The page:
The news of Justice Anthony Kennedy’s retirement from the U.S. Supreme Court represents a nightmare scenario for supporters of reproductive justice, bringing to fruition their worst fears of the Trump administration’s ability to make a long-term impact on abortion rights.

Without Kennedy, who repeatedly affirmed abortion rights despite siding with conservatives on many issues, the future of the monumental Roe v. Wade decision, which legalized abortion in 1973, is incredibly fragile.

A vacant court seat represents an opportunity for President Trump to carry out his campaign promise to appoint pro-life Supreme Court justices who would do away with the constitutional right to an abortion.

States could once again have the power to decide when and whether to allow abortion, just as they did before Roe.

So where does Colorado stand?

In many states, conservatives have long been leading a successful effort to pass as many restrictions on abortion as possible, and some have so-called “trigger bans” that would immediately spring into effect to make abortion illegal should Roe be overturned.

But other states have been taking proactive steps to secure abortion rights through state laws that are completely independent of Roe.

Unlike states where abortion rights would immediately be at risk, Colorado has no laws that could significantly restrict access to abortion in the absence of Roe. In fact, the only restrictions on abortion in the state are a ban on state funding for abortion and a requirement that parents of minors be notified before their children receive abortion care.

Colorado’s legislature has never adopted anti-abortion policy language, either. Neighboring Utah, by contrast, has a state law that recognizes the legal personhood of a fetus and expresses the legislature’s intent “to protect and guarantee to unborn children their inherent and inalienable right to life.”

But this doesn’t mean that abortion rights are totally secure in the state of Colorado – only that they’d be secure immediately following the overturning of Roe. Because while there’s nothing on the books that could restrict abortion in Colorado, there’s nothing protecting it, either.

“We would be better positioned if we had affirmative protections for abortion care in the state in the long run,” said NARAL Pro-Choice Colorado’s Karen Middleton. “Because we have nothing affirmative on the books, we really are at risk of either federal law or court cases that could roll back any protections we have by having an absence of law.”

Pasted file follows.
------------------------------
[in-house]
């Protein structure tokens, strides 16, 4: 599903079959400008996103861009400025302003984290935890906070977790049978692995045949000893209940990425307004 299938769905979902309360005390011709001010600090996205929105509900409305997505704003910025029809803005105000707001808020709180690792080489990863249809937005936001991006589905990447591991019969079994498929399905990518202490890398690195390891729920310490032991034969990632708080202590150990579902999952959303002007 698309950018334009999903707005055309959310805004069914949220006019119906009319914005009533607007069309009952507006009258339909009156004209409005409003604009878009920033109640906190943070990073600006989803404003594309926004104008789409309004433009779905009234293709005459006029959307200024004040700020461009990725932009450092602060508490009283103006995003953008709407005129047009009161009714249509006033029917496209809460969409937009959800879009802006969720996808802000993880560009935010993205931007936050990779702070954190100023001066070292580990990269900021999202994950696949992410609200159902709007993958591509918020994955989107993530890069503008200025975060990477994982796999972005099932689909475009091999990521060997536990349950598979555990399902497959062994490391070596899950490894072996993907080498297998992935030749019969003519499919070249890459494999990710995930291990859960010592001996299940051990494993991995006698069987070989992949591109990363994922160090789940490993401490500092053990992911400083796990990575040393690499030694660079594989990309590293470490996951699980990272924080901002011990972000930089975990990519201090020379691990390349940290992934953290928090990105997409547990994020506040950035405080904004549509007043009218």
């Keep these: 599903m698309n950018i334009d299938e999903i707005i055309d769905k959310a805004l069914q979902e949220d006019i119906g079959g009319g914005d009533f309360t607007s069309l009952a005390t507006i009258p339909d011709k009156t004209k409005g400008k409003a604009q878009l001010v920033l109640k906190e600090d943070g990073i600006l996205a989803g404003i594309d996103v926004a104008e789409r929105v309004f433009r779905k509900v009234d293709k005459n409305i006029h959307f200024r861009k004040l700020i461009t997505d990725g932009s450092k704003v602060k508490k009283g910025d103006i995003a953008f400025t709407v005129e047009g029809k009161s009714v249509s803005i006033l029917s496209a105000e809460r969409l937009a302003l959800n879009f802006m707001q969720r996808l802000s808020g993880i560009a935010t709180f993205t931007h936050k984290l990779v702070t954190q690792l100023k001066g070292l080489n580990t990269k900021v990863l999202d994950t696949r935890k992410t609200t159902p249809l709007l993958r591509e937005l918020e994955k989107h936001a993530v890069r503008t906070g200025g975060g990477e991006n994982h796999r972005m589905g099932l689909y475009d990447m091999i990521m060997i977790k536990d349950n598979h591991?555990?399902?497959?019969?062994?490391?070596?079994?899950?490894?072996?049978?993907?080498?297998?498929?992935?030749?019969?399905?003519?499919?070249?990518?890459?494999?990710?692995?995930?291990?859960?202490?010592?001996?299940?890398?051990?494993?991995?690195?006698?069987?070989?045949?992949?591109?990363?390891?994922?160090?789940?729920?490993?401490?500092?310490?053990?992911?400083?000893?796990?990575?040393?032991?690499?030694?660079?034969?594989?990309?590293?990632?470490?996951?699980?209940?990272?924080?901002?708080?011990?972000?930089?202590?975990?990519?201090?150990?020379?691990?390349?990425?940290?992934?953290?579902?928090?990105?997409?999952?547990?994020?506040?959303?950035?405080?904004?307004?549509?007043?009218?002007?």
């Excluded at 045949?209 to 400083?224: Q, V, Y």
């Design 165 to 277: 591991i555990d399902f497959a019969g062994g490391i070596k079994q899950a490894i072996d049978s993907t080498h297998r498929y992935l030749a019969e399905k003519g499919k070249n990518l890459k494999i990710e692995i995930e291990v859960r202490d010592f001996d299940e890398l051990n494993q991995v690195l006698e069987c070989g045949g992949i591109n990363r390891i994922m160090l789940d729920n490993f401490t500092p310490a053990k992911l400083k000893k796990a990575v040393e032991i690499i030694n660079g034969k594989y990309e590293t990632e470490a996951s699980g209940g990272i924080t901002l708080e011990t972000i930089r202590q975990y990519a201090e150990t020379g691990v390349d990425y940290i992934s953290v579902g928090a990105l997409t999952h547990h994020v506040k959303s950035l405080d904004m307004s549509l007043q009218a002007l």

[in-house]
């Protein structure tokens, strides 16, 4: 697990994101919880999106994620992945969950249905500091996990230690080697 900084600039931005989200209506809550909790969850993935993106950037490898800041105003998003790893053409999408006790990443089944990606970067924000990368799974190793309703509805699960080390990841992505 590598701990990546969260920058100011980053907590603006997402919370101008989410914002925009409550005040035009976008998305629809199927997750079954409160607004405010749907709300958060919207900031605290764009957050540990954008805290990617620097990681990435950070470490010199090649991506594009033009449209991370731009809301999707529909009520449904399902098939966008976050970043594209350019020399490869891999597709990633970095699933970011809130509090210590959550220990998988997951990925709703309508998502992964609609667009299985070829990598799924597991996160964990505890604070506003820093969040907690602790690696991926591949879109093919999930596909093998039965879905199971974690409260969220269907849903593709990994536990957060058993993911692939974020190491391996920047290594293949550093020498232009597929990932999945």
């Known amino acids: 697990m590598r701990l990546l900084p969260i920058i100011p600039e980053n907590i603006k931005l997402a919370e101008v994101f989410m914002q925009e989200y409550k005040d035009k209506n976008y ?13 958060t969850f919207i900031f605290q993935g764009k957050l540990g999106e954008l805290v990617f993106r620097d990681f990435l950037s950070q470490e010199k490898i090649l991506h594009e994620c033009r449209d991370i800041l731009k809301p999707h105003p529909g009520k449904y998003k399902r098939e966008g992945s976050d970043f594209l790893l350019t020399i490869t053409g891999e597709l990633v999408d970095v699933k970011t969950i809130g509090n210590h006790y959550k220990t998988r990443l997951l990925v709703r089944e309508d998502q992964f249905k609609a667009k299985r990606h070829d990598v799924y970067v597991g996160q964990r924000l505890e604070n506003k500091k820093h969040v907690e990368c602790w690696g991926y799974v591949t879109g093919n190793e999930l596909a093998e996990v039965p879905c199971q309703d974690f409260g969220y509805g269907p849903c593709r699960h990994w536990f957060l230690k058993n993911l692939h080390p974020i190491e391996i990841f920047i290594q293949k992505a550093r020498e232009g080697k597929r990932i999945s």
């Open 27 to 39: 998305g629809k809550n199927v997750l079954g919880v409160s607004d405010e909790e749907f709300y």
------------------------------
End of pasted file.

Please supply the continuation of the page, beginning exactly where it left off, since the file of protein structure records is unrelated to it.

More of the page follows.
Colorado could follow suit with many coastal states that have recently moved to pass laws protecting abortion, but that all hinges upon whether Colorado elects a pro-choice governor and a pro-choice majority in the state legislature in November.

While Democratic nominee for governor Jared Polis is a strong supporter of reproductive rights, advocates see a foe in his Republican opponent Walker Stapleton.

“We already have Walker Stapleton on the record saying that he wants to be a pro-life governor,” said Middleton, “and that should be a disqualifier for most voters in the state.”

If Stapleton were elected governor, it’s highly unlikely that he’d sign a bill protecting access to abortion into law. But as it stands, the state Senate, which is narrowly controlled by Republicans, wouldn’t let a pro-choice bill move forward either.

“I cannot stress the importance of how critical it is at this point in history that we have a pro-choice majority in our state government,” said Sarah Taylor-Nanista, the Executive Director of Planned Parenthood Votes Colorado. “Holy cow does this illustrate how much elections matter.”

And not only does the upcoming election matter for Colorado, said Taylor-Nanista, but it will have a huge impact on surrounding states as well, where the risk of losing abortion rights is high.